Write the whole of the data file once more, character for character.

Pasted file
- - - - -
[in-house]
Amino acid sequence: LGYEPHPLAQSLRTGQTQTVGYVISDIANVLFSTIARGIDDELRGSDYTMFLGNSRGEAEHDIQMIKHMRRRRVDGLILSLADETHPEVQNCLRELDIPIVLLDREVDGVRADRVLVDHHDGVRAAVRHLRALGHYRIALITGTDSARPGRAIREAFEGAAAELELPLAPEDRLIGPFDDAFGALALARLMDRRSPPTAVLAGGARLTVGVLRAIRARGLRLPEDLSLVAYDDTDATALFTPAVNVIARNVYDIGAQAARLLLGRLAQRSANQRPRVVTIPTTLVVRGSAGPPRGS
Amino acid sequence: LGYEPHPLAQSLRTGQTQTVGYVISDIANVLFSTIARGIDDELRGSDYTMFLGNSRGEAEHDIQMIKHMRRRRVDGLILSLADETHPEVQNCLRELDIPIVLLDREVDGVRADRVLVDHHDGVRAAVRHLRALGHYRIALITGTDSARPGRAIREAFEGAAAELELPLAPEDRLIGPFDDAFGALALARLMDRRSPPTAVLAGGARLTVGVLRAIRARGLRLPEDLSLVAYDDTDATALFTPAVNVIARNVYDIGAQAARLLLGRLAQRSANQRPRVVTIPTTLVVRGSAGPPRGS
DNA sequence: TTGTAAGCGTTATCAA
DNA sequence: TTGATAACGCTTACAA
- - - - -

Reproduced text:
[in-house]
Amino acid sequence: LGYEPHPLAQSLRTGQTQTVGYVISDIANVLFSTIARGIDDELRGSDYTMFLGNSRGEAEHDIQMIKHMRRRRVDGLILSLADETHPEVQNCLRELDIPIVLLDREVDGVRADRVLVDHHDGVRAAVRHLRALGHYRIALITGTDSARPGRAIREAFEGAAAELELPLAPEDRLIGPFDDAFGALALARLMDRRSPPTAVLAGGARLTVGVLRAIRARGLRLPEDLSLVAYDDTDATALFTPAVNVIARNVYDIGAQAARLLLGRLAQRSANQRPRVVTIPTTLVVRGSAGPPRGS
Amino acid sequence: LGYEPHPLAQSLRTGQTQTVGYVISDIANVLFSTIARGIDDELRGSDYTMFLGNSRGEAEHDIQMIKHMRRRRVDGLILSLADETHPEVQNCLRELDIPIVLLDREVDGVRADRVLVDHHDGVRAAVRHLRALGHYRIALITGTDSARPGRAIREAFEGAAAELELPLAPEDRLIGPFDDAFGALALARLMDRRSPPTAVLAGGARLTVGVLRAIRARGLRLPEDLSLVAYDDTDATALFTPAVNVIARNVYDIGAQAARLLLGRLAQRSANQRPRVVTIPTTLVVRGSAGPPRGS
DNA sequence: TTGTAAGCGTTATCAA
DNA sequence: TTGATAACGCTTACAA